Are you familiar with the exciting government initiative called Every Kid in a Park, which gives every 4th grader grader and their families a free one-year National Parks Annual Pass! That’s a total savings of $80. Registration for the 2019 – 2020 school year opens in September 2019.
Marvel at the St. Louis Arch, the Florida Keys, and the Frederick Douglass house. Listen to wolves howl. Walk in dinosaur tracks. Look up into the inky night sky, and reach for the stars! These sites belong to all of us — including you. Every Kid in a Park was created so fourth graders and their families could discover our wildlife, resources, and history for free.
About Every Kid in a Park
An Every Kid in a Park pass grants admission to more than 2,000 federal recreation sites in the United States including national parks, forests, monuments and other federal lands for a full year. World-famous national parks like Yosemite, Yellowstone, and Grand Canyon normally charge $25 to $30 per vehicle for a seven-day pass. So this is a great deal!
Discover Your Next Adventure with SoCal Field Trips
If you visit a site that charges entrance fees per person, the pass admits all children under 16 and up to three adults for free. If your group visits a site that charges vehicle entrance fees, the pass admits all children under 16 and all adults in one passenger vehicle for free.
Every Kid in a Park Official Rules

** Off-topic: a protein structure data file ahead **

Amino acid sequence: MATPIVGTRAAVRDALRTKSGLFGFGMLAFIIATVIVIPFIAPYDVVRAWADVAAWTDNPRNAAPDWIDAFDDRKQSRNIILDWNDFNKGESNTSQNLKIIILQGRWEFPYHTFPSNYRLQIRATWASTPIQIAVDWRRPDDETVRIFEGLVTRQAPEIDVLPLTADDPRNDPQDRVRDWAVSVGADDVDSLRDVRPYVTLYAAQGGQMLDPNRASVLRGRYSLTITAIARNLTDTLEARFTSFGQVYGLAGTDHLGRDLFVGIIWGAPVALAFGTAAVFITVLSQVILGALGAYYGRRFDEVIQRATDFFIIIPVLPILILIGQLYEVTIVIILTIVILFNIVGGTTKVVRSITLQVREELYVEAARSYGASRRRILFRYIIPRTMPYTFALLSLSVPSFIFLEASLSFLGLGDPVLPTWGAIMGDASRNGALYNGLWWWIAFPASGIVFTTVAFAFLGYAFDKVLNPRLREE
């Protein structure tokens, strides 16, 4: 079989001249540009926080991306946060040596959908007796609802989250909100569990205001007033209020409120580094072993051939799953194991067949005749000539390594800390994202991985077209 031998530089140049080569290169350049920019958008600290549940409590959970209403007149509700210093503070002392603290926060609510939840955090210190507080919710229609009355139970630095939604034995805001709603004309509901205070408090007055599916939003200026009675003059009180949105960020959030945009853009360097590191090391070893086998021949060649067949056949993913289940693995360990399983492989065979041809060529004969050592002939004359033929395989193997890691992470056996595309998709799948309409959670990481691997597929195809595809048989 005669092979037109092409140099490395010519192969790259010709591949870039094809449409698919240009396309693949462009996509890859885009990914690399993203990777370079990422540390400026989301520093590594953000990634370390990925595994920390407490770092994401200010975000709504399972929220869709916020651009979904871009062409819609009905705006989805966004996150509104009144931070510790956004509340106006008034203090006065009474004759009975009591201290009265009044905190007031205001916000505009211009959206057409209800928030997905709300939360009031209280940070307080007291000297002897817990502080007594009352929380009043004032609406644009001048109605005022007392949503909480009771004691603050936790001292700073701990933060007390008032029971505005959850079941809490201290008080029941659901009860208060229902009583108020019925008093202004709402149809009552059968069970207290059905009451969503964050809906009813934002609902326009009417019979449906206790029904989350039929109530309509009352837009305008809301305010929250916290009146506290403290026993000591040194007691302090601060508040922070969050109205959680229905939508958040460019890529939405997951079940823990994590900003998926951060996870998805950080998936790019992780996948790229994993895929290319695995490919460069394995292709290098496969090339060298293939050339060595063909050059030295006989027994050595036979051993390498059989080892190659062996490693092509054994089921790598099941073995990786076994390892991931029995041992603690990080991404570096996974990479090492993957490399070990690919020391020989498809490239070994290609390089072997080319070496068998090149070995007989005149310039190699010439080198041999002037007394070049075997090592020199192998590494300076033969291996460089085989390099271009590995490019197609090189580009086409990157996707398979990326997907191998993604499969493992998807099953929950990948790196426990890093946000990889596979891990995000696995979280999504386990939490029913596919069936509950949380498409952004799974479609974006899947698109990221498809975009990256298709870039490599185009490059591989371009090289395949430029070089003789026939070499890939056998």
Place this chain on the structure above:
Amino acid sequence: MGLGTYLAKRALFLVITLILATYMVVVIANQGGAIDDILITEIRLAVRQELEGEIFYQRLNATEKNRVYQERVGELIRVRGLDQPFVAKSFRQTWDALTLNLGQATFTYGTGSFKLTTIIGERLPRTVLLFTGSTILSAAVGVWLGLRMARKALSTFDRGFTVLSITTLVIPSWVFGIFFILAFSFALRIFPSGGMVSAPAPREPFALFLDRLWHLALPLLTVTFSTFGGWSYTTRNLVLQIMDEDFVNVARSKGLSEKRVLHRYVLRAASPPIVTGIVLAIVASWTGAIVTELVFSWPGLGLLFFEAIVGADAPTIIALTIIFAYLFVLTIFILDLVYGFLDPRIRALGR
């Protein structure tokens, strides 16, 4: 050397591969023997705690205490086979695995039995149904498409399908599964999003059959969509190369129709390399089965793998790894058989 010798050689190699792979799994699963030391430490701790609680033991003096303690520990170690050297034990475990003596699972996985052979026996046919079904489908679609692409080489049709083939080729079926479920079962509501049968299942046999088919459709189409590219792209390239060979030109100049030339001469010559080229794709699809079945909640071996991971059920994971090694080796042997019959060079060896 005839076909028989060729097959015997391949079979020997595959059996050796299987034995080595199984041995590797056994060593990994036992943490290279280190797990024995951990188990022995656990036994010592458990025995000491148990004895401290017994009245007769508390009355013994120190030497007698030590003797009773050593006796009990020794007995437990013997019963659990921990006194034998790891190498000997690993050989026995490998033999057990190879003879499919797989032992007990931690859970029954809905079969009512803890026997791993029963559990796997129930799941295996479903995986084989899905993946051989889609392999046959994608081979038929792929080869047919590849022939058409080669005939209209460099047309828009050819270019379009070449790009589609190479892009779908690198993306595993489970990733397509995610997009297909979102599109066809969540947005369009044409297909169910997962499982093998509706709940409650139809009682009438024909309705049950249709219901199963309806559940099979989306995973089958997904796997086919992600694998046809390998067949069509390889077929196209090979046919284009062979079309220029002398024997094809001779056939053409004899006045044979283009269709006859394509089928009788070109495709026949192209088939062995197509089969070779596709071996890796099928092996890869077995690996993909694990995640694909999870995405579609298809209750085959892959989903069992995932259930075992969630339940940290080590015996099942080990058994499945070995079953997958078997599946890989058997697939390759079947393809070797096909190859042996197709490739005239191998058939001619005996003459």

- The pass is for U.S. fourth-grade (or home-school equivalent) students.
- The pass is good for the 2019 – 2020 school year. It expires August 31, 2020.
- Students can’t transfer the pass to anyone else.
- Print your paper pass out before you visit a National Park. They do not accept electronic versions of the pass.
- If you lose your pass, you can get a new one by visiting the website and signing up again.
- Educators can get one paper pass for each of their fourth-grade students.
- The pass doesn’t cover things like parking fees, camping, boats, and special tours.
- Some sites are managed by private operators. They may not honor the pass. Check with the site ahead of time to find out.
- The pass doesn’t cover fees for local, city, or state parks and recreation areas unless they say that they accept this pass.
- Paper passes can be exchanged for plastic passes at certain sites.
Where to use Every Kid in a Park Pass in Southern California
- Cabrillo National Monument, San Diego
- César E. Chávez National Monument, Keene
- Channel Islands National Park, Ventura
- Joshua Tree National Park, Joshua Tree
- Mojave Natural Preserve, Mojave Desert
- Old Spanish National Historical Trail, Los Angeles
- Santa Monica Mountains National Recreation Area, Thousand Oaks
- Yosemite National Park, Yosemite (technically not in Southern California, but close enough!)
To sign up for a free Every Kid in Park pass, visit www.everykidinapark.gov.
Happy Field Tripping!